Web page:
If airlines one day cease giving you the option to use a traditional boarding pass, you’ll either have to opt into the biometric system, or opt out of flying entirely. And with companies like Equifax acting in total conscious disregard for the safety of the data they are (stupidly) entrusted with, what happens when hackers get half of America’s financial data and their fingerprints, and their faces? Why, in the context of something like the Equifax leak, should we trust any company with our data at all?
The answer is, we shouldn’t. But if the choice becomes “Give Delta your fingerprints or you can’t fly to visit your mother on her death bed,” sidestepping the data-gobbling biometric hell will be easier said than done.
New President, Same Old Police State
Now that we’re all thoroughly desensitized to being groped at the airport, TSA pat downs have been “enhanced” under the Trump administration to scrutinize (read: grope) air passengers more thoroughly. Meanwhile, Trump lifted the ban imposed by the Obama administration on giving
military gear to local police. In my view, this lifts one of the few measures Obama took that didn’t expand the hardcore militarization of domestic police.
To Infowars’ credit, as an openly pro-Trump publication, they did run a story regarding Sen. Rand Paul’s opposition to the lifting of the ban. Despite endorsing Mitt Romney after his own failed presidential bid in 2012 to the dismay of many, Paul has proven to be one of the few major pro-liberty forces in the US Senate.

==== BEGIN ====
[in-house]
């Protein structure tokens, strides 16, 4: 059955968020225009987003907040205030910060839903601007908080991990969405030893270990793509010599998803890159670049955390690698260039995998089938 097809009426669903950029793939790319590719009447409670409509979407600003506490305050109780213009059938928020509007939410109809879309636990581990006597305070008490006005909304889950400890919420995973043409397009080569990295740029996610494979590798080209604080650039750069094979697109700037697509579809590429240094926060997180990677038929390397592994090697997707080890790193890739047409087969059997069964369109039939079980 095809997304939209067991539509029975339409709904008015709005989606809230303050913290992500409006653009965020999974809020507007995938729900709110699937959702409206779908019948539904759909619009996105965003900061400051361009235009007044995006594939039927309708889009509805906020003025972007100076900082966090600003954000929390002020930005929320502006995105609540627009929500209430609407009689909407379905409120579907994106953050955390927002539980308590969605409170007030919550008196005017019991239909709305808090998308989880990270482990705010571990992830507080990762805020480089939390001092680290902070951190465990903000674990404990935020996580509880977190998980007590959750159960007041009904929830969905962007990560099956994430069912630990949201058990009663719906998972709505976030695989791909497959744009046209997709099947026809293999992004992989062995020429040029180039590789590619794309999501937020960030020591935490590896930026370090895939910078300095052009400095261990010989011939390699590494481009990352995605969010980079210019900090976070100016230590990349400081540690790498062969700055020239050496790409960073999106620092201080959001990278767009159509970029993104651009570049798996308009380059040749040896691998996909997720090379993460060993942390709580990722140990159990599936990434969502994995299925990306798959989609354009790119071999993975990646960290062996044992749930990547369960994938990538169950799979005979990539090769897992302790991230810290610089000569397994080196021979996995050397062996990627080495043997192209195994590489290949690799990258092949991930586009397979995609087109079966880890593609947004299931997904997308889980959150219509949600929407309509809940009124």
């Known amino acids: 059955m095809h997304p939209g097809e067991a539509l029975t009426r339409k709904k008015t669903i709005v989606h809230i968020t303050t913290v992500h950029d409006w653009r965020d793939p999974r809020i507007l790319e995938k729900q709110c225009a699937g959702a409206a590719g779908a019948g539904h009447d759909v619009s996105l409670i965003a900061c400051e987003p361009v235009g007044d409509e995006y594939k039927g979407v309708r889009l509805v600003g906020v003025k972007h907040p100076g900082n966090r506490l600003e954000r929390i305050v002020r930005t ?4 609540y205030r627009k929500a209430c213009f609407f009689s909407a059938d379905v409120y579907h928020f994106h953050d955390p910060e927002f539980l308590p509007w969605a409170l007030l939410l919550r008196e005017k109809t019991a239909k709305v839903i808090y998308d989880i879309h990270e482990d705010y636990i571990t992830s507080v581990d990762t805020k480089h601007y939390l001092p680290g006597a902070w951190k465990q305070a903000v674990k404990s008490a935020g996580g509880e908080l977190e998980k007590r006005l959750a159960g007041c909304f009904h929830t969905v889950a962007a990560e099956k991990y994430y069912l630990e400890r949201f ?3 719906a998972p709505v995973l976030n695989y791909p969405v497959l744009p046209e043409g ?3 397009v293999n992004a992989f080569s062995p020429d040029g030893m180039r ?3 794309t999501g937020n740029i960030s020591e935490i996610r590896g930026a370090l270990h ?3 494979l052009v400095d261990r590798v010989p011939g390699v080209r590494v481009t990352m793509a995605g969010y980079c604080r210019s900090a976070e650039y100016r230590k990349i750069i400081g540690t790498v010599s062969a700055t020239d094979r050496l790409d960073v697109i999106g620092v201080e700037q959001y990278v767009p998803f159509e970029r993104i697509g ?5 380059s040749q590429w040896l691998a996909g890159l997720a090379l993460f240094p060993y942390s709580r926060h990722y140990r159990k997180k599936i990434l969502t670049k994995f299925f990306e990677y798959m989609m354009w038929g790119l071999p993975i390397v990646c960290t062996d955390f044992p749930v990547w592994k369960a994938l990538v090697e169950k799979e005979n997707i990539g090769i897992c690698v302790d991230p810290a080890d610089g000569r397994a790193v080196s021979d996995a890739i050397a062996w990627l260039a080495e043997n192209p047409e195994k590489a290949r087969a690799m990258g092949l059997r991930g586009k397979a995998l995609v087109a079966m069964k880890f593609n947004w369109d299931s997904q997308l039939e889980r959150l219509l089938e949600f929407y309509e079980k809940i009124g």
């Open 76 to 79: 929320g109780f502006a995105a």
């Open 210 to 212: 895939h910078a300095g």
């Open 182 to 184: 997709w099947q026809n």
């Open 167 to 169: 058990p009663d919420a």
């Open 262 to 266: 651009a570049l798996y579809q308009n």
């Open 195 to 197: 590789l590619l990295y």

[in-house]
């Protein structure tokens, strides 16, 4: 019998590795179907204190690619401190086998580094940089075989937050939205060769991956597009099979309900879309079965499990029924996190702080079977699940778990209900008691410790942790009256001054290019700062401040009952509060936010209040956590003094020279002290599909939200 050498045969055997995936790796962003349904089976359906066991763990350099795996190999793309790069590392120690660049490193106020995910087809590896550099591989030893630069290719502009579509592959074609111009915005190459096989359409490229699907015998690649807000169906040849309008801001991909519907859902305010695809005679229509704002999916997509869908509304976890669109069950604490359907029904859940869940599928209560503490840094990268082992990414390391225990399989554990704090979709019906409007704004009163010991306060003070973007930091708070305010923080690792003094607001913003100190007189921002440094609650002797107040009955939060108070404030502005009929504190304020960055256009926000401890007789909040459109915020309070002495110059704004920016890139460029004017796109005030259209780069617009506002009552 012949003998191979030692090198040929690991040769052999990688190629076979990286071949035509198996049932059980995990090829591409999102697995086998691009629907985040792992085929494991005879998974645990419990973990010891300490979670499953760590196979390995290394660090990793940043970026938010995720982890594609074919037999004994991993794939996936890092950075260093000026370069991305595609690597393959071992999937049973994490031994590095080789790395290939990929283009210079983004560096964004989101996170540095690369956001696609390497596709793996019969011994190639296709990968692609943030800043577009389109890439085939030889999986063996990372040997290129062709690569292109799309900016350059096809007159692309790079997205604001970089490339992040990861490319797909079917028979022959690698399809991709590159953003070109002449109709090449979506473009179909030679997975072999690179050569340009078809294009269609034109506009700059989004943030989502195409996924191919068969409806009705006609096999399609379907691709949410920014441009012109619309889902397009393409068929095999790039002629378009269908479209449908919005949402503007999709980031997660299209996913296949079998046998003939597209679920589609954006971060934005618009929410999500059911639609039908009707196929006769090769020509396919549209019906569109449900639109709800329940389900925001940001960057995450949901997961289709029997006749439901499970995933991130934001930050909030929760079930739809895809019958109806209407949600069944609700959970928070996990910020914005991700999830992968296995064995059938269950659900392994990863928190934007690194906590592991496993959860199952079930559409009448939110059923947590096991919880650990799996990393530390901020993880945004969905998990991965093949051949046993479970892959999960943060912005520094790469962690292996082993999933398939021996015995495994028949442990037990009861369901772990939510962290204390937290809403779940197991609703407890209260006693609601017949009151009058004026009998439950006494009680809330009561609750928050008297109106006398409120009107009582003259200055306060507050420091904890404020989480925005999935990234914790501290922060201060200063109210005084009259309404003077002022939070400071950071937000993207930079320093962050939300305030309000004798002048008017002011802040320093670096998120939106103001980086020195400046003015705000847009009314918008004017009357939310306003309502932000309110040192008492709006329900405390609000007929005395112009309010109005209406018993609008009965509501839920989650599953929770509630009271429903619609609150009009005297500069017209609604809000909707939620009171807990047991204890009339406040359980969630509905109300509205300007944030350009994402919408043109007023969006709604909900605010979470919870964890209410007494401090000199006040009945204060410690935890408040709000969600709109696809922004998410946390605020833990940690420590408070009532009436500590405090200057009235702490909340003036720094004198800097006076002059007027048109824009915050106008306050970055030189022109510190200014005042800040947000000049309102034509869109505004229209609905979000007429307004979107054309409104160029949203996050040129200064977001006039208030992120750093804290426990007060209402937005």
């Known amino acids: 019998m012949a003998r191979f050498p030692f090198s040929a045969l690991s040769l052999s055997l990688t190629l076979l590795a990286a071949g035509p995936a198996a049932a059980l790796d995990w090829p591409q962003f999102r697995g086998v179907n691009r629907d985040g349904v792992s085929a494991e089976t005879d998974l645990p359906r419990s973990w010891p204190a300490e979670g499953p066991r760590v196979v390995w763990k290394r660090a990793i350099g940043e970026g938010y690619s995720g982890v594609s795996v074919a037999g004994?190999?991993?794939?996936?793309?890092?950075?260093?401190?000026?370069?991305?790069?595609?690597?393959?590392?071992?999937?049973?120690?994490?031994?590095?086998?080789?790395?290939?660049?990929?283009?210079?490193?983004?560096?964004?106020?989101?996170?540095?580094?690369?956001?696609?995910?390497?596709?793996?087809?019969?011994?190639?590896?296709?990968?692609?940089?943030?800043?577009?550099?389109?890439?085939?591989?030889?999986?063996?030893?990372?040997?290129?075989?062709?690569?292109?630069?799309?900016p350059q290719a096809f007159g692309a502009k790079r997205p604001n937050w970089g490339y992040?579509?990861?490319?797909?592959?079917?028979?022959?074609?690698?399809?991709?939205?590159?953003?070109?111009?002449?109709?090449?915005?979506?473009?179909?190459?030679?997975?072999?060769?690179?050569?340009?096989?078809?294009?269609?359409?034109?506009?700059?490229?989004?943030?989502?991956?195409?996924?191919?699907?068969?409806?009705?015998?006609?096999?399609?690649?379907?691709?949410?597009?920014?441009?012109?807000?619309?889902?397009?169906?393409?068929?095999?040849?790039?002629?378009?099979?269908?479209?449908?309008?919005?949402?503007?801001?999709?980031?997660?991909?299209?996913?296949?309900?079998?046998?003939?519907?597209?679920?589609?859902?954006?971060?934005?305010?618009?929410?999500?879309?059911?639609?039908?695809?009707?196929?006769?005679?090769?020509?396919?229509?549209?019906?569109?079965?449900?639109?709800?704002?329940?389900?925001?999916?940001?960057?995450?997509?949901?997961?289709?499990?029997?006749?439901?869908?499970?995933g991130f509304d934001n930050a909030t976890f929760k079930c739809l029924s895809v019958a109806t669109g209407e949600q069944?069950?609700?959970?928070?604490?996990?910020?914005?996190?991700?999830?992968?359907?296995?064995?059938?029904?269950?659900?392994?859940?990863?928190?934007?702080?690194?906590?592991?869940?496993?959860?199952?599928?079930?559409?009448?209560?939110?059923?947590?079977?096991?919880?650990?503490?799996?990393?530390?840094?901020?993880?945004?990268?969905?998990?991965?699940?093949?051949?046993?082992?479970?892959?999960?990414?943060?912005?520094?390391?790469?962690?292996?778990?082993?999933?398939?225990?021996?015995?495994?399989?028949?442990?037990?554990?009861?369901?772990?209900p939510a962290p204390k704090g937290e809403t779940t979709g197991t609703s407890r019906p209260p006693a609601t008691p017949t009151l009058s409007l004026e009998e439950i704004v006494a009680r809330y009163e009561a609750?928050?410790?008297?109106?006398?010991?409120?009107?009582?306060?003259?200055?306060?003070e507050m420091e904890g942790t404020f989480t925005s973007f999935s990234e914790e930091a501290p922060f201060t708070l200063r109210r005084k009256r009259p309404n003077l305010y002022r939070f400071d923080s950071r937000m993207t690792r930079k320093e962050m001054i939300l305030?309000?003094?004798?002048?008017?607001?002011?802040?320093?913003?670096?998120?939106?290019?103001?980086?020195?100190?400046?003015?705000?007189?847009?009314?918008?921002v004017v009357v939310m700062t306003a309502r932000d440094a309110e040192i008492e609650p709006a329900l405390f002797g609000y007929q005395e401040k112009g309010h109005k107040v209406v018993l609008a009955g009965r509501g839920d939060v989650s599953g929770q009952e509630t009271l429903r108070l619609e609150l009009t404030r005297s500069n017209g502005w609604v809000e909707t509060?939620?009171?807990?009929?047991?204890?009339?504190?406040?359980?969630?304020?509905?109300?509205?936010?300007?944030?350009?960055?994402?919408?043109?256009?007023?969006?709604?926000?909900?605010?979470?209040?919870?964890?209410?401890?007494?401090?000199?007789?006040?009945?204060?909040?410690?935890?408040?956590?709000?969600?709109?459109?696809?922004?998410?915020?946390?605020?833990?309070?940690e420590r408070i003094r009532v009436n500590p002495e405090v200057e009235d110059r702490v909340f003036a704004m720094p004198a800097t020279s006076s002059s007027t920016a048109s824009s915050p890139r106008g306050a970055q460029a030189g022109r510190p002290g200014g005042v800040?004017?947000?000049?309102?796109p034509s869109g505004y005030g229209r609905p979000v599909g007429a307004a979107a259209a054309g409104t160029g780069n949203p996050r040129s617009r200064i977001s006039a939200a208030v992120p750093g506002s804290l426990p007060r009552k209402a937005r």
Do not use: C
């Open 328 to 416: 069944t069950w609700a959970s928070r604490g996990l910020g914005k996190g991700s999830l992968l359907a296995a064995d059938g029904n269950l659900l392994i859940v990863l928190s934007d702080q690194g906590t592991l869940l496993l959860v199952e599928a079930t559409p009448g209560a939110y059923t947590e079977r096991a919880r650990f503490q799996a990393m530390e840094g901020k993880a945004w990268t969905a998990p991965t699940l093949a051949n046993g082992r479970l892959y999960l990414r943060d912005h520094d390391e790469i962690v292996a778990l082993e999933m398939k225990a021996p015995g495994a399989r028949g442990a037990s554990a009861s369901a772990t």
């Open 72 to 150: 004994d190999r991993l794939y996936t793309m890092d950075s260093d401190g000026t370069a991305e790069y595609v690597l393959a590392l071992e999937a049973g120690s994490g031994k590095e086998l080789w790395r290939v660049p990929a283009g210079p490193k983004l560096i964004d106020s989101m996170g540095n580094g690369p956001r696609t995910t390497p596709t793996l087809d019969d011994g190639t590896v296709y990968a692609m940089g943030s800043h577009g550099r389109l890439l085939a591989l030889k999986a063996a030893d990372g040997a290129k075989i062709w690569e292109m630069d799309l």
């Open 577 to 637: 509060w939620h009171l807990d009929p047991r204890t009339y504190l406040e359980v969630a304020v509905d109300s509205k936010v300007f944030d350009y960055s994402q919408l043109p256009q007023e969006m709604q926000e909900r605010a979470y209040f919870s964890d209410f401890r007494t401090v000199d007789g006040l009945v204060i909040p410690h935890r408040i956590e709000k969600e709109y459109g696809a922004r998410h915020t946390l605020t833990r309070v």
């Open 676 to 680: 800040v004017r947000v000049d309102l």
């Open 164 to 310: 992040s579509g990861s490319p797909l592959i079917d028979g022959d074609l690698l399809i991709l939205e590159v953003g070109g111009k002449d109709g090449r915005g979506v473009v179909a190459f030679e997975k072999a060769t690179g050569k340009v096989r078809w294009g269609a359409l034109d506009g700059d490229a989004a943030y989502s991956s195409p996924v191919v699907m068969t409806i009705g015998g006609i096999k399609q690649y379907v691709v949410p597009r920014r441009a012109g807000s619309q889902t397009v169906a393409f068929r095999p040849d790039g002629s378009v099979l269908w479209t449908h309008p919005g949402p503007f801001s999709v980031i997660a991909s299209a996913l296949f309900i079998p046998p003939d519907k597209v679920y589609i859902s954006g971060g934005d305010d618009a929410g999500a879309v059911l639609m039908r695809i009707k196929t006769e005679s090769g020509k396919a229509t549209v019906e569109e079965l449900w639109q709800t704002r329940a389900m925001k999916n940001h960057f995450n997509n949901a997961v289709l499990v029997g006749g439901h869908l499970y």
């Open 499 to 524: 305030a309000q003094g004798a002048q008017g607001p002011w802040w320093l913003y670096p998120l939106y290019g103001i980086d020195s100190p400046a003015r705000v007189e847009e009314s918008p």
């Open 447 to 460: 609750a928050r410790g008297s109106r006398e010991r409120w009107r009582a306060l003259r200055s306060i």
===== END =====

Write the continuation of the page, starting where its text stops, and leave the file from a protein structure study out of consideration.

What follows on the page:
War on Cash = War on Freedom
The war on cash by politicians and bankers continues full speed ahead. Not only does Goldman Sachs continue their reign at the US Treasury and the Fed, but continued demonizaton of cash as a tool for terrorists and money launderers is leading slowly to the phase-out of cash and transition to a new digital currency. Of course, with the US Dollar and institutions like HSBC doing more money laundering than anyone in the world, this “War on Cash” is more an exercise in absurdist bureaucratic irony than an actual war.
Of course, Bitcoin sort of anticipated the cashless society, and beat governments to the punch. Unless Satoshi Nakamoto is CIA (could be, for all we know), it will be interesting to see how governments handle this relatively new development in their plan for a cashless society. Have cryptos beaten banksters to the punch, or have cryptocurrencies merely made them better at their own game?
One has to wonder if JP Morgan-Chase CEO Jamie Dimon is bashing Bitcoin because he fears it as competition, or because he wants to crash the price to buy more for himself. For his part, he may be right that it’s only a matter between governments ban cryptocurrencies. The question is, can banning them destroy them — or their value? Prohibition doesn’t work with drugs, so the real question is whether or not cryptos can be anonymous enough to continue thriving as a black market.
Either way, the war on cash will continue. And it’s really just one front in a war on freedom that continues under the Trump administration, drowned out by stupid controversies and faux-scandals that keep both sides screeching while the same old ugly authoritarianism marches onward.